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Can Cats Eat Lavender? What You Need to Know!

Humans enjoy the lovely scent of lavender in soaps, lotions, essential oils, and other products. Lavender is a well-known herb for its stress-relieving and healing properties. It can have such a huge impact on us that you might wonder if it’s safe for your feline friends.

According to the ASPCA, lavender is toxic for cats to ingest. However, certain forms of lavender present varying levels of danger, such as essential oils and potpourris. Let’s explore what the different forms of lavender can do to your kitty so you can protect them accordingly.

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Why is Lavender Dangerous for Cats?

Lavender is toxic to cats as a live plant, dried plant, and essential oil. While all forms of the plants are dangerous, the oil is the worst form since it absorbs directly into the body.

a domestic cat staring at a lavender bush
Image Credit: Kolganova Daria, Shutterstock

When your cat encounters the oil, the harmful components soak through the pores and into the bloodstream—causing toxicity. If your cats ingest it, the results are the same.

So, while the lavender plant may cause minor, short-term side effects—like nausea or diarrhea—the essential oil form of the plant can have much more severe consequences.

The problem with lavender is that it has linalool and linalyl acetate, which the human liver can break down, but cats cannot. When it gets into their system, it makes their liver work on overdrive to deal with the poisoning.

Lavender Essential Oil, Liquid Potpourri, & Dried Plants

The three main types of lavender you could have in your home are essential oils, liquid potpourri, and dried lavender.

  • Lavender Essential Oil — There is a comprehensive list of essential oils that are very toxic to cats—lavender being among them. But what makes the plant safe for cats and not the oil? The simple answer here is concentration.

The lavender plant breaks down and extracts the root elements of that plant, which give you oil. This highly concentrated liquid is highly lethal for cats when they are exposed to it.

  • Lavender Liquid Potpourri — Many homes have lovely smelling liquid potpourri as a fragrance. Not only lavender, but all types of liquid potpourri is toxic to cats. If you have a simmering bowl of potpourri, your cat could lick or contact it, resulting in sickness.

In this case, not just the lavender is a concern, but all the other chemicals included, too.

  • Dried Lavender — Dried lavender may seem more harmless than live lavender. While it may take a bit more to make your cat incredibly sick, it can still have a poor reaction. Luckily, most cats will show no interest in wanting to eat dried plants.

Symptoms of Lavender Poisoning

If you believe your cat came into contact with lavender oil or ingested the plant, they will most likely become rapidly symptomatic. It’s imperative to get the proper treatment early on to make the impact as minor as possible.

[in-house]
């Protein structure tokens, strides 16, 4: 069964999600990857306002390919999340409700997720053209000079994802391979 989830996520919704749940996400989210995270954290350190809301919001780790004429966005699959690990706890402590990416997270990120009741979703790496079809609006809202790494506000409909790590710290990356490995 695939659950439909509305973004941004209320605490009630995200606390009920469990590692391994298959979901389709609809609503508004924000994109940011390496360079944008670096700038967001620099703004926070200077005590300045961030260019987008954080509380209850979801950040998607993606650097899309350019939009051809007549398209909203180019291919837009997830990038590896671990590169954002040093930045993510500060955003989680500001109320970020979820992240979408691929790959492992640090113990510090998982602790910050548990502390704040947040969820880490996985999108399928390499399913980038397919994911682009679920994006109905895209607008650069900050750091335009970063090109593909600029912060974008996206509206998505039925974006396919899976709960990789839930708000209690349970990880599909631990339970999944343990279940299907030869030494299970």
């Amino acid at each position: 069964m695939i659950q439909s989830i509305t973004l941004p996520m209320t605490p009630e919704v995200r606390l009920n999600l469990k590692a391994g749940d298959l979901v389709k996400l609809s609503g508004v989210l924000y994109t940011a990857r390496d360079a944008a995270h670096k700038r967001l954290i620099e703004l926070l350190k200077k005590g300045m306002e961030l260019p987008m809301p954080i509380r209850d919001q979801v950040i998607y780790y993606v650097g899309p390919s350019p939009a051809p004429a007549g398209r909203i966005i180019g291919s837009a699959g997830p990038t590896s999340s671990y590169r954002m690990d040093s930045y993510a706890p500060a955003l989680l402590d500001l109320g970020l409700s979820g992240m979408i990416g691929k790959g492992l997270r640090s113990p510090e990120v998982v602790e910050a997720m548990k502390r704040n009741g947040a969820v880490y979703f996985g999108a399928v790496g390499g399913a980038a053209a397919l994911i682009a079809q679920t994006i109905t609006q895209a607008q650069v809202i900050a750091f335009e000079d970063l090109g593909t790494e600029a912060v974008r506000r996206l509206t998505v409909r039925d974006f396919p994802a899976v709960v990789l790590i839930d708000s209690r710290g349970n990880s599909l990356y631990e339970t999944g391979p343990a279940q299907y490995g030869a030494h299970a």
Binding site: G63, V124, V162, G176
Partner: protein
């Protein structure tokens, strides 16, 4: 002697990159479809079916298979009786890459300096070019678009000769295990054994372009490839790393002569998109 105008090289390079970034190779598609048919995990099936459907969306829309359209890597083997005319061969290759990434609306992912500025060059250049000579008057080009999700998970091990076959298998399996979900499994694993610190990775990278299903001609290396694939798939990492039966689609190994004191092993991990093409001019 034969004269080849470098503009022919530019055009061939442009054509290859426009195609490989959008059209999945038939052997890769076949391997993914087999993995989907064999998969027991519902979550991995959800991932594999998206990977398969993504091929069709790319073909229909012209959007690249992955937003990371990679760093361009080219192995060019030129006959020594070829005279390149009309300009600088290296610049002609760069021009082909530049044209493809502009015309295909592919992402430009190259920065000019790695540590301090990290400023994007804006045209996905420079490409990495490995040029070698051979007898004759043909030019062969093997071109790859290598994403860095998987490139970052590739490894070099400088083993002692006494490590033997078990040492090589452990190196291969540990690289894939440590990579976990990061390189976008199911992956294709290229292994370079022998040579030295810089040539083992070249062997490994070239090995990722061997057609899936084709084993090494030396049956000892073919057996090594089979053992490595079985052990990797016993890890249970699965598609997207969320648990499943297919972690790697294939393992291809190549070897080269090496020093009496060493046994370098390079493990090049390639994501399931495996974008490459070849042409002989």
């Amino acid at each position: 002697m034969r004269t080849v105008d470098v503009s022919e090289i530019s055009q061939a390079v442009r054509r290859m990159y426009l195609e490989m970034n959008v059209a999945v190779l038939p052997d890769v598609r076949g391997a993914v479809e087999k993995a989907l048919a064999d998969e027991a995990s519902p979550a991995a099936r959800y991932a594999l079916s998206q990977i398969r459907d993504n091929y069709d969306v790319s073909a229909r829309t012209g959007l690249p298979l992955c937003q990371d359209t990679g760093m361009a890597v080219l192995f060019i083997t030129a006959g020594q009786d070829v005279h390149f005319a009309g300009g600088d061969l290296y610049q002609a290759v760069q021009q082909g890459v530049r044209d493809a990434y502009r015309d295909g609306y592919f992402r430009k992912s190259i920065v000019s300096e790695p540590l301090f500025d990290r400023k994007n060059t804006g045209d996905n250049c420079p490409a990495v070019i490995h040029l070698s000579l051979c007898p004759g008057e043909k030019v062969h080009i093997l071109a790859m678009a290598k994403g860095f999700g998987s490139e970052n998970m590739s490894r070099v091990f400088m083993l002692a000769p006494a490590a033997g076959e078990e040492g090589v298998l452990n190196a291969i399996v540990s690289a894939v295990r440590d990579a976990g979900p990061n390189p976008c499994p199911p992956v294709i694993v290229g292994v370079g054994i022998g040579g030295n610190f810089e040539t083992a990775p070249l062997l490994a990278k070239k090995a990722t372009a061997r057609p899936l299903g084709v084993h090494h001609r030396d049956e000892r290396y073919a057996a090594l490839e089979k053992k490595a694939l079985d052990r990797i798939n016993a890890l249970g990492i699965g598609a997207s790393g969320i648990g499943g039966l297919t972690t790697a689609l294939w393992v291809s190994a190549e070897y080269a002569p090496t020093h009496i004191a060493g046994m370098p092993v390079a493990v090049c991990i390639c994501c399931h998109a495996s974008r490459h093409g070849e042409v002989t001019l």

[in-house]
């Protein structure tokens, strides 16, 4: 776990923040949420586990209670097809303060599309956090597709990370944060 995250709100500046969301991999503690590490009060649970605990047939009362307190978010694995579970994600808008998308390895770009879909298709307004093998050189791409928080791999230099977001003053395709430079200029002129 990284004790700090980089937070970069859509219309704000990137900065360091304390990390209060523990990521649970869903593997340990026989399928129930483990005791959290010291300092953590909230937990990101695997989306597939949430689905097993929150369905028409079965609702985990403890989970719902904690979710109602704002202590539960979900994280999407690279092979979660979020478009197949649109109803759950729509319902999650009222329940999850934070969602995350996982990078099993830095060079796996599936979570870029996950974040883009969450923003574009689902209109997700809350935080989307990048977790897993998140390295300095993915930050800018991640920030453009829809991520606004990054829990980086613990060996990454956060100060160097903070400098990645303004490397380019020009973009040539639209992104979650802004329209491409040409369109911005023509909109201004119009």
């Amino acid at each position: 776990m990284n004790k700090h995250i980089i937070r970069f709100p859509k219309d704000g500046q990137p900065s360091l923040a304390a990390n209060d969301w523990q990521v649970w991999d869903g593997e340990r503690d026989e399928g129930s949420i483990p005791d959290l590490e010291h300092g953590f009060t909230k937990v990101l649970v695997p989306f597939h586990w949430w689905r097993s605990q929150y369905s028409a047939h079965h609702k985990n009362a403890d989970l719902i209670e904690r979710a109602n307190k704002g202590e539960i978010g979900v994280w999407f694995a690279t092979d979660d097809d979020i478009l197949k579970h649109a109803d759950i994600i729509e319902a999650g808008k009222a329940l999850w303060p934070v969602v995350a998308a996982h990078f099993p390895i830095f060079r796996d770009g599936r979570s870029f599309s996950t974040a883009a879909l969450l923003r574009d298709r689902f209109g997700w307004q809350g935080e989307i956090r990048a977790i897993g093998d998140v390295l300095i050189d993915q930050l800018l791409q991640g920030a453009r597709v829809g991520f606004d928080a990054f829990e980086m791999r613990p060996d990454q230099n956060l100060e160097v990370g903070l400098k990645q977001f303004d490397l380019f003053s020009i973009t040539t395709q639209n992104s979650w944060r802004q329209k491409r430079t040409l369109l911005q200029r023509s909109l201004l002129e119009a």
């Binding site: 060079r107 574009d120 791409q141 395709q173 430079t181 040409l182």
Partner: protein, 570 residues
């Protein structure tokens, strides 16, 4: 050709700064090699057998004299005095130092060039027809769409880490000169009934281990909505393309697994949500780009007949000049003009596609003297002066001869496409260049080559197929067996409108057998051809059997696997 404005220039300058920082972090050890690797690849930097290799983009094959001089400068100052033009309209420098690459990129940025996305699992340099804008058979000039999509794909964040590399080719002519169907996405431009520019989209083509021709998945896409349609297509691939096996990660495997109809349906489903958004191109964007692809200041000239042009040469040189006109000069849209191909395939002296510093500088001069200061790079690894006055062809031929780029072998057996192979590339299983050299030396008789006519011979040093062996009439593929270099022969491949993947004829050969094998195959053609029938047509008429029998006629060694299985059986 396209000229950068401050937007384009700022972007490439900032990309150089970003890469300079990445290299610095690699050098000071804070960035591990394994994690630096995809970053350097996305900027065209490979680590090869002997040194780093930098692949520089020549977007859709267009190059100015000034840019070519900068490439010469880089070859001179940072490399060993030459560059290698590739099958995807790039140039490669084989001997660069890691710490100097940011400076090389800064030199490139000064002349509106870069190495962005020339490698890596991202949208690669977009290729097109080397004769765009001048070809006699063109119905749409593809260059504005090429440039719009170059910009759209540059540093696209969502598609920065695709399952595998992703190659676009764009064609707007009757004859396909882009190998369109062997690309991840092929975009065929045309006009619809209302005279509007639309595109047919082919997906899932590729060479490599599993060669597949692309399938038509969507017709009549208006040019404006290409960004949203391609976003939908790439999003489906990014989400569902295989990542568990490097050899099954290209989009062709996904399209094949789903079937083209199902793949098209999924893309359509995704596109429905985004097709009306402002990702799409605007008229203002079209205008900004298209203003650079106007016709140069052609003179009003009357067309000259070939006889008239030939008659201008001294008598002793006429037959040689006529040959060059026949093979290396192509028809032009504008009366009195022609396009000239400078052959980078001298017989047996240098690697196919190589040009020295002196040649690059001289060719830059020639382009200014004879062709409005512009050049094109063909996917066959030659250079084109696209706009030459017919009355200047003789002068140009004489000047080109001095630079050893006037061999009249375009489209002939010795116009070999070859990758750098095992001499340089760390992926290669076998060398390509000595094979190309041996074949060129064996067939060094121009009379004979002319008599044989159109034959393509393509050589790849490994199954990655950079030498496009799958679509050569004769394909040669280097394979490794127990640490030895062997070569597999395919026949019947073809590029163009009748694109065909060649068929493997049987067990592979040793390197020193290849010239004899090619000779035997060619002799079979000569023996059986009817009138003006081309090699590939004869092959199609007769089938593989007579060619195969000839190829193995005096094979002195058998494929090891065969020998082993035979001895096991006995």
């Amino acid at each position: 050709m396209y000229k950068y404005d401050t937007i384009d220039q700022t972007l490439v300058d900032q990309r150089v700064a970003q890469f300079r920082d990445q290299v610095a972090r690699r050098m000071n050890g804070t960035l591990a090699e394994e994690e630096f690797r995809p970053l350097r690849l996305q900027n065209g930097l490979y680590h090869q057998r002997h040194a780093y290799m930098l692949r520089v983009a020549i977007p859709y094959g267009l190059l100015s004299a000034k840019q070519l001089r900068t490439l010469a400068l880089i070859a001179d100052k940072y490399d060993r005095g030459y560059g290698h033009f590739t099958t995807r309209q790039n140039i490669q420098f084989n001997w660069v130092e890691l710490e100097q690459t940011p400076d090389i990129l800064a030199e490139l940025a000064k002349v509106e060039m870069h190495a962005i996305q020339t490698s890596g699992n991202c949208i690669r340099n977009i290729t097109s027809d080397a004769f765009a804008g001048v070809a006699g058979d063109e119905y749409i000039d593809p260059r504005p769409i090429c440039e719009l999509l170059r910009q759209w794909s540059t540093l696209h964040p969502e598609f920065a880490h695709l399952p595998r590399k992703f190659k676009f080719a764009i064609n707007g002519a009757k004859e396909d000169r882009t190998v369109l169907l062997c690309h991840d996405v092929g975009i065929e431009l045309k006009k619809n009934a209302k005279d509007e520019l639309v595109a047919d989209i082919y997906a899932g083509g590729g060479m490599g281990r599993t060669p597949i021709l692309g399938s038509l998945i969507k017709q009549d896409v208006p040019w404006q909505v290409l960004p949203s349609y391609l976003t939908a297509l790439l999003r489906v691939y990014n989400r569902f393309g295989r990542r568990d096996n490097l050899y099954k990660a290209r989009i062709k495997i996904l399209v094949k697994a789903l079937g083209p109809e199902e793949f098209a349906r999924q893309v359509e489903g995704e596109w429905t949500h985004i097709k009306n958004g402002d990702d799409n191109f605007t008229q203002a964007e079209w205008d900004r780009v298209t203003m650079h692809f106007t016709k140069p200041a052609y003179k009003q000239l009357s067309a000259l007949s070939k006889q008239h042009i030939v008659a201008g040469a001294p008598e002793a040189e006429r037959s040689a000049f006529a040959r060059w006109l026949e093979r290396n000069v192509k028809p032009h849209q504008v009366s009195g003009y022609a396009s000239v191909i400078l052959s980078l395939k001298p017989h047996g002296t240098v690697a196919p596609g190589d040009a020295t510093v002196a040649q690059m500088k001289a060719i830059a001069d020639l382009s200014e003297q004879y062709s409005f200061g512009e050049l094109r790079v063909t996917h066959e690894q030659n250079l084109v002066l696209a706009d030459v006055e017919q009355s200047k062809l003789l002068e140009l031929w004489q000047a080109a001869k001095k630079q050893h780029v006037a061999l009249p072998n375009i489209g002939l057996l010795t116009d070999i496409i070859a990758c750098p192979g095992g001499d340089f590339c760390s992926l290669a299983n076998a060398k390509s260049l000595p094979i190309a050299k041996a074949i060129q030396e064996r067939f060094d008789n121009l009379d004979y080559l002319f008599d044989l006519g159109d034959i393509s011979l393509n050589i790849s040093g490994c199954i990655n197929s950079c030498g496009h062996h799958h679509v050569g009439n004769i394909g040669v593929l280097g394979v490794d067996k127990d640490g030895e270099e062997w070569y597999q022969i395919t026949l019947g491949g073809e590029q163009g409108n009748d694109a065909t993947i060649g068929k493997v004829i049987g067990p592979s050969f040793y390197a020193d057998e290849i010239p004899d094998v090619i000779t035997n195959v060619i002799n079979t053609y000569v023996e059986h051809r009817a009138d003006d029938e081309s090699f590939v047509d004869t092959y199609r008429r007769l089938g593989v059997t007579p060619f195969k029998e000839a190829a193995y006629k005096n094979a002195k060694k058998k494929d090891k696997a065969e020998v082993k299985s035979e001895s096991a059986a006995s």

Symptoms of lavender toxicity in cats include:
  • Diarrhea
  • Vomiting
  • Discomfort
  • Lack of coordination
  • Skin irritation
  • Tremors

Contact your vet immediately if your cat displays any of these symptoms.

Can You Use Lavender in a Diffuser if You Have Cats?

An oil diffuser is a much different scenario than topical or oral essential oil applications. Different types of diffusers pose various concerns for pet health.

Air Diffuser and Lavender Oil
Image Credit: Daystar Photo, Shutterstock

Many diffusers on the market require a mixture ratio of water to oil, where the oil is highly diluted. There are some claims that this is perfectly safe and shouldn’t pose any real risks for your cat. But according to the Pet Poison Healthline, even this is dangerous for your cats.

While not all cats will react the same, symptoms of inhaling the diffuser fumes include:
  • Wheezing
  • Watery eyes
  • Nausea
  • Drooling
  • Vomiting

Also, even though you aren’t applying this directly to your cat, the bottle is still in your home. If your cat encounters small dribbles or licks the bottle, it can cause significant reactions for them. Always put these products up out of their reach when you aren’t using them.

A curious cat could wind up very sick. Use all essential oils in your home with caution. If you have qualms or questions about the safety of using your diffuser around your cats, contact your veterinarian for advice.

Treatment for Lavender Poisoning in Cats

Luckily, most cats will survive a brush encounter with lavender. However, the treatment needs to be aggressive and fast. This is especially true if they’ve contacted lavender in liquid form since you don’t know how much will be absorbed.

Remember to keep all herbal products away from your cat. Consult with veterinary professionals about these matters to keep your felines feeling fine.

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Final Thoughts

Even though our cats can’t enjoy or benefit from lavender, there are several other treats or treatments you can offer them. Educating yourself about the safety of herbs and plants is a fantastic way to keep your cat healthy. Now that you know lavender is a no-no, you can keep it from your cats to avoid any mishaps in the future.


Featured Image: Agnieszka Lizak, Shutterstock